What you enjoy doing for work can still be done during retirement and under your own terms.

You think maybe you won’t live to see retirement? But maybe you will.

Take-away: Who says retirement has to wait until a certain age? The money that you’ve saved in retirement accounts has to wait, but what actions can you take today to create a retirement mentality?

The next point explains what I mean by a retirement mentality.

6. Lack of Realization that They Can Create Their Own Definition of Retirement

I’ve been formally saving for retirement since I was 23.

When I moved abroad in my mid-twenties, my life changed forever.

I learned a language, traveled extensively, explored new hobbies, met amazing people with beautiful stories, dabbled in entrepreneurship, and discovered so much about myself.

I wanted to live that way forever!

Those years abroad taught me to do my best to live life on my terms. That’s been part of my mentality ever since.

While traditional retirement is okay, I want to enjoy my life to the fullest now.

That’s one reason I moved abroad in my 20s. No regrets.

Now I see myself taking “mini-retirements” throughout my life. 

Take-away: Redesign or redefine how you view retirement. It’s not all or nothing. Self-employment, taking a sabbatical or even a break from teaching count as “mini-retirement” experiences!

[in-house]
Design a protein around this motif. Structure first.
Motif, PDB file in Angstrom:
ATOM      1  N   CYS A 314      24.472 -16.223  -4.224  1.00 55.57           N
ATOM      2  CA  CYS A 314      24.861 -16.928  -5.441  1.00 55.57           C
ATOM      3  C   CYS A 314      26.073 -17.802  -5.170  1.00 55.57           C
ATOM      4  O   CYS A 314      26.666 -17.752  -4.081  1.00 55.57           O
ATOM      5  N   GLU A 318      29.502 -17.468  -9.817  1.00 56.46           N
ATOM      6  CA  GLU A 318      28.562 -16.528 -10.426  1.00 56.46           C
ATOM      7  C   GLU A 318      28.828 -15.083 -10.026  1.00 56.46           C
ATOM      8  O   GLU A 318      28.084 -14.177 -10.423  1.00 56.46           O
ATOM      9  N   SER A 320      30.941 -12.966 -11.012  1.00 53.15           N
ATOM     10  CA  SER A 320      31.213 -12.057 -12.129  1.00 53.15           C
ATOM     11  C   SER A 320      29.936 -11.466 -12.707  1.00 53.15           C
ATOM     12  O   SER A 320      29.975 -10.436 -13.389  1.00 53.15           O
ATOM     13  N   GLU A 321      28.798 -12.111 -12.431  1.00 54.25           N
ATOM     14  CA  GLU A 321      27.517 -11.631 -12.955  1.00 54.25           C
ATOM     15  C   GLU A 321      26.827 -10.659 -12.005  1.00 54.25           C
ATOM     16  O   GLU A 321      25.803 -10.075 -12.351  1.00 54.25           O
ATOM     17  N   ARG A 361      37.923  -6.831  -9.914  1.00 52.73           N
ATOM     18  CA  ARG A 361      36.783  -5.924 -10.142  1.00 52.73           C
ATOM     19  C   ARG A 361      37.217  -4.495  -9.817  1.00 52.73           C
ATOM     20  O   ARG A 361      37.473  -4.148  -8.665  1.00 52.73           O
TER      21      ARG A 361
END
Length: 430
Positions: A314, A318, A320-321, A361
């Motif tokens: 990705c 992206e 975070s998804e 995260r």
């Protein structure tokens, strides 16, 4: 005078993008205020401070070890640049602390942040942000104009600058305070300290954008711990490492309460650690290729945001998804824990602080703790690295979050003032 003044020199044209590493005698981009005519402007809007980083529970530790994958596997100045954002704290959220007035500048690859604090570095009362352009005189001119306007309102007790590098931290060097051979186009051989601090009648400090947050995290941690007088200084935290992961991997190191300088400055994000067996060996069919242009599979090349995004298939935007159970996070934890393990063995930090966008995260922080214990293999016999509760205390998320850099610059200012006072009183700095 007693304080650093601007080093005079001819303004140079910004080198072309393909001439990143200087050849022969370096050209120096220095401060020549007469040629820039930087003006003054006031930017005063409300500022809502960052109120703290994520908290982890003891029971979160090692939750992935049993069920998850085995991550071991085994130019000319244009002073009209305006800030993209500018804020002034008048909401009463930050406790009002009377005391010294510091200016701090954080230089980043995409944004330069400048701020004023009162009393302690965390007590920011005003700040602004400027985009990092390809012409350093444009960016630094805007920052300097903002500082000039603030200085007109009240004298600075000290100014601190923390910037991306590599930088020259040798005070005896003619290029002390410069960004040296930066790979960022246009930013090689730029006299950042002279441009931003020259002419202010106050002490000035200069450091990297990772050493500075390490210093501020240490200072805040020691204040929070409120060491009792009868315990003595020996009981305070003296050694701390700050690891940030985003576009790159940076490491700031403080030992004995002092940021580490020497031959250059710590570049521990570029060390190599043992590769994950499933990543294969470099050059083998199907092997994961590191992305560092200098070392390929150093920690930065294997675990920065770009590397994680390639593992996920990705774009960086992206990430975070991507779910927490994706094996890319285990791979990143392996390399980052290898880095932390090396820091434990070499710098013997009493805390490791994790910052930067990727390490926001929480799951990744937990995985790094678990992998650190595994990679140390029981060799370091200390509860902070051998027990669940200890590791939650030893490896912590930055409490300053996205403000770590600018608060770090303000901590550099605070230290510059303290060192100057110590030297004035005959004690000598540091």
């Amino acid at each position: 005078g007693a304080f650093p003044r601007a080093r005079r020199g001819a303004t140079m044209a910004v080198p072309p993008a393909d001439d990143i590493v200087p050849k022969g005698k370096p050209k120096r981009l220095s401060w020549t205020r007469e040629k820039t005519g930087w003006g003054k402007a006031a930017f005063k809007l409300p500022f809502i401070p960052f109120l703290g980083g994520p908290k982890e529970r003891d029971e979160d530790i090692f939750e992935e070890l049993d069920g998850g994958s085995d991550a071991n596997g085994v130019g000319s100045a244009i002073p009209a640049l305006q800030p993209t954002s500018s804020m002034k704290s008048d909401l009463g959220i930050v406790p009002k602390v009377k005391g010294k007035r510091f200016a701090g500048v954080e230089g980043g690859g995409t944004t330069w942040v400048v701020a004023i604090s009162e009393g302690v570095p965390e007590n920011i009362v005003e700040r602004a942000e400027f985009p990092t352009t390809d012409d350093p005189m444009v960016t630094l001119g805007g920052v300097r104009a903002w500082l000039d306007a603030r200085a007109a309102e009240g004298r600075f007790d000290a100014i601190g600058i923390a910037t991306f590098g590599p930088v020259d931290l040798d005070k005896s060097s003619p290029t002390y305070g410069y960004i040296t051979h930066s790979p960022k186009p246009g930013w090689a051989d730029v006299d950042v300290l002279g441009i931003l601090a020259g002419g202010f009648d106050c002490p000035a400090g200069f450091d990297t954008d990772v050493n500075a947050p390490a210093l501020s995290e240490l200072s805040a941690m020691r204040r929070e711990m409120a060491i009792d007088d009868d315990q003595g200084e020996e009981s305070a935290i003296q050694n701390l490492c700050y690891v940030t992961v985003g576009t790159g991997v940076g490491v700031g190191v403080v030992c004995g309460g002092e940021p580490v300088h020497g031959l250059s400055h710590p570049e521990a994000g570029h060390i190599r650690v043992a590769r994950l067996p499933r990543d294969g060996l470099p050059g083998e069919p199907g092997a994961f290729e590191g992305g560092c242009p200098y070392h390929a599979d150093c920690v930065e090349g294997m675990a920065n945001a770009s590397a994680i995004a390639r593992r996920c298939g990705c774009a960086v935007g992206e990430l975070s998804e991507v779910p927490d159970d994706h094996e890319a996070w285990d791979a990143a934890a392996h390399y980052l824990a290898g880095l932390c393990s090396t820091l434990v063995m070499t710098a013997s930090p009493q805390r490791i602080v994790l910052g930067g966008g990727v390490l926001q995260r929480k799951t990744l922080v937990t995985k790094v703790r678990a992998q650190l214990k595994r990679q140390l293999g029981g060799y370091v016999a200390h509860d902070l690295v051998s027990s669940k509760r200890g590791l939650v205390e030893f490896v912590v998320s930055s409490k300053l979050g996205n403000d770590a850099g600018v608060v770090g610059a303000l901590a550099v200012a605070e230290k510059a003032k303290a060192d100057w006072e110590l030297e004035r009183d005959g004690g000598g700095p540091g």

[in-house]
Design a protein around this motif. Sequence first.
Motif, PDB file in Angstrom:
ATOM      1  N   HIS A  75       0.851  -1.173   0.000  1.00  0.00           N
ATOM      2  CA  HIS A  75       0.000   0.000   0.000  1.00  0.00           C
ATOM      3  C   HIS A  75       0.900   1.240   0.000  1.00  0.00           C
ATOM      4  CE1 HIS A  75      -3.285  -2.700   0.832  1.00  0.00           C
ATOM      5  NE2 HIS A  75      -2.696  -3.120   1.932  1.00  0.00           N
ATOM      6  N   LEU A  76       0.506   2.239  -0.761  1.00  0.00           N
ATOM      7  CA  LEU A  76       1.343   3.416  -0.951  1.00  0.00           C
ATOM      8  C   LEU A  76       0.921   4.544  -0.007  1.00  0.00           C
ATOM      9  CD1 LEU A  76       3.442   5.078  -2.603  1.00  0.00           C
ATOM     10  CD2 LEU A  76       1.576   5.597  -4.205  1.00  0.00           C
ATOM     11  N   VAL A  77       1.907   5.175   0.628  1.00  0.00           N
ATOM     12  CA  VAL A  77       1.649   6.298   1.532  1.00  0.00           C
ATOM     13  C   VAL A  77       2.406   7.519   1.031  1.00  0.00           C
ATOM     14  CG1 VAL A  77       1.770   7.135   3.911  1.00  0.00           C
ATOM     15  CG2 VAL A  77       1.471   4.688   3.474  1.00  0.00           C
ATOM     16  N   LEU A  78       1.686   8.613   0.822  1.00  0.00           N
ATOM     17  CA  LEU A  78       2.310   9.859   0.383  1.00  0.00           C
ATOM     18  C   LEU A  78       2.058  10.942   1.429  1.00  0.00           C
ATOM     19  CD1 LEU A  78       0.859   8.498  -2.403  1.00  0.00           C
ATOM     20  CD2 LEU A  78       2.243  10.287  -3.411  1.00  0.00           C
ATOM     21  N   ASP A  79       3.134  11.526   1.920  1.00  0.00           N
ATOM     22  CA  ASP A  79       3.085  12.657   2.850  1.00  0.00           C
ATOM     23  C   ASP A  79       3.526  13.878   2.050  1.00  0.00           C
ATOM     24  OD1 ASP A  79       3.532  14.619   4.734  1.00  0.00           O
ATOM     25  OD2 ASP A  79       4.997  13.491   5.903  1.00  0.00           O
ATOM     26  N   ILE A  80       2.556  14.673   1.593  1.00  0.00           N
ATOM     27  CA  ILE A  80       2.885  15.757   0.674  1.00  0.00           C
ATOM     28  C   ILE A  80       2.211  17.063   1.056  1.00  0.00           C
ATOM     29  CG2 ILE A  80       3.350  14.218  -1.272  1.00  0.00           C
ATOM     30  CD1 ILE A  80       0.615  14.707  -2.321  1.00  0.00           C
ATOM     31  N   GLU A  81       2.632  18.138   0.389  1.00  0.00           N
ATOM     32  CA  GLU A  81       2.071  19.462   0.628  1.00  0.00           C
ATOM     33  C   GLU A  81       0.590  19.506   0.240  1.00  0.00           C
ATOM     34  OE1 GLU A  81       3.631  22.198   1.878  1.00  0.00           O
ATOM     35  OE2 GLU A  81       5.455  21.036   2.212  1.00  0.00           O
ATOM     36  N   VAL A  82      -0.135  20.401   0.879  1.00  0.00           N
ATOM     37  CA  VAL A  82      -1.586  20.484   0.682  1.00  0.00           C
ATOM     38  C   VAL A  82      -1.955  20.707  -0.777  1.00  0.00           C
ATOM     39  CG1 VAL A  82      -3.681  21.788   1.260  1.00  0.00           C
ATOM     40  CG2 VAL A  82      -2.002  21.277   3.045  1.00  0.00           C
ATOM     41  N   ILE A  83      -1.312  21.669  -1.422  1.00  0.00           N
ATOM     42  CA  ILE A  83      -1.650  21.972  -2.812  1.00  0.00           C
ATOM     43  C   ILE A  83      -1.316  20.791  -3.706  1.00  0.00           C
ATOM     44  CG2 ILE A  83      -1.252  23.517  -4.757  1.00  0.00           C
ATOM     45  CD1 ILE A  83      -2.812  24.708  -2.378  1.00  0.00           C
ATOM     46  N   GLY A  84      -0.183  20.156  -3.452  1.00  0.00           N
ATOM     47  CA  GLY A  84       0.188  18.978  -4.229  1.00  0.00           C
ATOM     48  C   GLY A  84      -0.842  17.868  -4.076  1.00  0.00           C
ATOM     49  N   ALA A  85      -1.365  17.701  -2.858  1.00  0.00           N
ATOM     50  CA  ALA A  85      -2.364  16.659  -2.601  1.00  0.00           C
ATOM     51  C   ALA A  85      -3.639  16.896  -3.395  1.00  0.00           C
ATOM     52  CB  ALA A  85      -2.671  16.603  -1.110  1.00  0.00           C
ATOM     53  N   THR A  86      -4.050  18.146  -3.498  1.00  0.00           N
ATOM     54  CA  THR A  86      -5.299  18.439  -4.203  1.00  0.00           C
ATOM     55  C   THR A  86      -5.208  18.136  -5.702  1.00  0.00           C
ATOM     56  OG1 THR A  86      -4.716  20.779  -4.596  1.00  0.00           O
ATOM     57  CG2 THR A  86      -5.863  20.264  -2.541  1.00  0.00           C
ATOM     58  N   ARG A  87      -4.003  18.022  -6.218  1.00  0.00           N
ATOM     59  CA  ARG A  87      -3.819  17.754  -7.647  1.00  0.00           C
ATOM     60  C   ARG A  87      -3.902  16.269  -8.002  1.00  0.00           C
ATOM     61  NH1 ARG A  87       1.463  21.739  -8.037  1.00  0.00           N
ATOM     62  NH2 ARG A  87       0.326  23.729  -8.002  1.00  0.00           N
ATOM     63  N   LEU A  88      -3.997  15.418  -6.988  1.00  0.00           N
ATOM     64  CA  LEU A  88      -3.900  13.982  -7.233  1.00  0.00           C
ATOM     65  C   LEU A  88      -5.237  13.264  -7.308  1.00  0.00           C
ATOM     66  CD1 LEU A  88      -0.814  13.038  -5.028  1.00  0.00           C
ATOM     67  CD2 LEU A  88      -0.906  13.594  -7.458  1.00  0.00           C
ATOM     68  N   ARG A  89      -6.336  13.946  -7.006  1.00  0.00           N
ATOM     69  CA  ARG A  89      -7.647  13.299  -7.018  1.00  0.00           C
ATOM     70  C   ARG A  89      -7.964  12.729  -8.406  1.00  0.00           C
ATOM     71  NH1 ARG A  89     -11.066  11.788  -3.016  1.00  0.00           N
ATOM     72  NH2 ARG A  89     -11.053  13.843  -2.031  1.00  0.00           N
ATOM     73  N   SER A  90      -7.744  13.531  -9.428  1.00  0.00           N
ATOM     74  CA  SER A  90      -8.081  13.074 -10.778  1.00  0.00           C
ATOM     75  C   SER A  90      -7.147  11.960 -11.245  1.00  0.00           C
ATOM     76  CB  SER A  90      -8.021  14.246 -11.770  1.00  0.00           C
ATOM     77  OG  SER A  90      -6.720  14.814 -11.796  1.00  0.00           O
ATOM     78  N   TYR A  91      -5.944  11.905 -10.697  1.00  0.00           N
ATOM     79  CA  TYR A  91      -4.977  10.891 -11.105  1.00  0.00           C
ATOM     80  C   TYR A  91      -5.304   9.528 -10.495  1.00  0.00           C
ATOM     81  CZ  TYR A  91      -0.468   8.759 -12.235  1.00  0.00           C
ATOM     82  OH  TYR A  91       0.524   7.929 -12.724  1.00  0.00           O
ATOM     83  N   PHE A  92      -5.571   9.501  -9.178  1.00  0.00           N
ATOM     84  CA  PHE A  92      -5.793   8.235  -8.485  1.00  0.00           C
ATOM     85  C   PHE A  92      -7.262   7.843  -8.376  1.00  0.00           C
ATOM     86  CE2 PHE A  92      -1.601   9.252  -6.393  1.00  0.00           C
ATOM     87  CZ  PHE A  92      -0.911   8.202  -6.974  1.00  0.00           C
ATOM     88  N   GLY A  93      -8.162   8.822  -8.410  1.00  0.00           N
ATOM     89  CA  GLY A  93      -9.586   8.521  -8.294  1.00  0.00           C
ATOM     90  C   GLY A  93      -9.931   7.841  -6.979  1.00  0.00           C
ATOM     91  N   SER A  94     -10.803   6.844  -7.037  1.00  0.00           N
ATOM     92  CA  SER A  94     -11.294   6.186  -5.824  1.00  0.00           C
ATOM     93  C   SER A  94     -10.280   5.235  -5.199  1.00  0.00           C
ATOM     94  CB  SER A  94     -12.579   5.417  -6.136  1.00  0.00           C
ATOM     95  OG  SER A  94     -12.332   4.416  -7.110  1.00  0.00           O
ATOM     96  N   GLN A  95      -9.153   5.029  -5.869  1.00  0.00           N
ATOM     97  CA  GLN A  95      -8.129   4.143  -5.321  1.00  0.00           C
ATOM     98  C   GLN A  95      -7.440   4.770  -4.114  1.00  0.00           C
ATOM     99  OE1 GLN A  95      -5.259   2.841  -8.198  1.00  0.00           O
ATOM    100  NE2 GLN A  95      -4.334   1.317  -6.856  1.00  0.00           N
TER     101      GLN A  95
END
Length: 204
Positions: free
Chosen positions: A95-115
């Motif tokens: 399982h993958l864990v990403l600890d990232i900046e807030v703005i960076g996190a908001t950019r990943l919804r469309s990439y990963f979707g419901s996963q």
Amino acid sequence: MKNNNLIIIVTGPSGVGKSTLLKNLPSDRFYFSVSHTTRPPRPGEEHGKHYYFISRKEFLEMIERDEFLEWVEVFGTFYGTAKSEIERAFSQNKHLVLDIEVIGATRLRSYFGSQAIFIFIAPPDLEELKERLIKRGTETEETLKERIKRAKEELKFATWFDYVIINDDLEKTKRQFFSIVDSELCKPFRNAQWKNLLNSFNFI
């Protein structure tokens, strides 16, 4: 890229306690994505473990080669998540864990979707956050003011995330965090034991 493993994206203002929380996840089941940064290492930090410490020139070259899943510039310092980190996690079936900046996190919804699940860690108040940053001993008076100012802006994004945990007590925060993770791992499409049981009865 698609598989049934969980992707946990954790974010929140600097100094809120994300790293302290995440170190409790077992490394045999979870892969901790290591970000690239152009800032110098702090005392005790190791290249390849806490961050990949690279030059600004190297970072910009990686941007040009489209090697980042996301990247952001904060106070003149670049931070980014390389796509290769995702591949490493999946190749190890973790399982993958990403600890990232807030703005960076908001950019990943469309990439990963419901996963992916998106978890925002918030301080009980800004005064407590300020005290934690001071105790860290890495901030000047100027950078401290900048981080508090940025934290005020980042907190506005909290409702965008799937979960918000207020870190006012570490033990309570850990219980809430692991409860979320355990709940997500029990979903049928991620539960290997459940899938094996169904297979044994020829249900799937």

7. Influenced By Others’ Thoughts

We all know someone who has retired but keeps working another job anyway.

Because those individuals keep hustling long after they have to, some people think retirement is overrated.

You never know why someone actually decides to go back to work. They could have financial obligations, a need to socialize, or just enjoy doing a certain job.

Take-away: Everyone’s situation is different, so don’t let what others’ do affect your goals.

And that includes me.

If you’re happy with just your work pension or teacher retirement account and desire not to save more than those, then by all means, be happy!

No one has to live your life but you. 🙂

So, How Should Teachers Save for Retirement?

[Disclaimer]: The opinions expressed in this blog post are for educational purposes only and are not intended to provide specific advice or recommendations for any savings/investment vehicle.

For more accurate information regarding your unique financial situation, speak with a professional financial advisor.

When you’re ready to save additional funds for retirement, check out some of the options below:

Wrapping Up: Is Saving for Retirement Overrated?

Time has a way of changing things. 

You may be nonchalant now about not saving more for retirement, but what about in the future?

Is saving for retirement overrated?

Absolutely not.

However you view it, retirement is freedom.

Freedom to design life on your own terms.

Why not start saving a little more today?

Do you think saving for retirement is overrated?

How else are you saving for retirement as a teacher?

Talk later!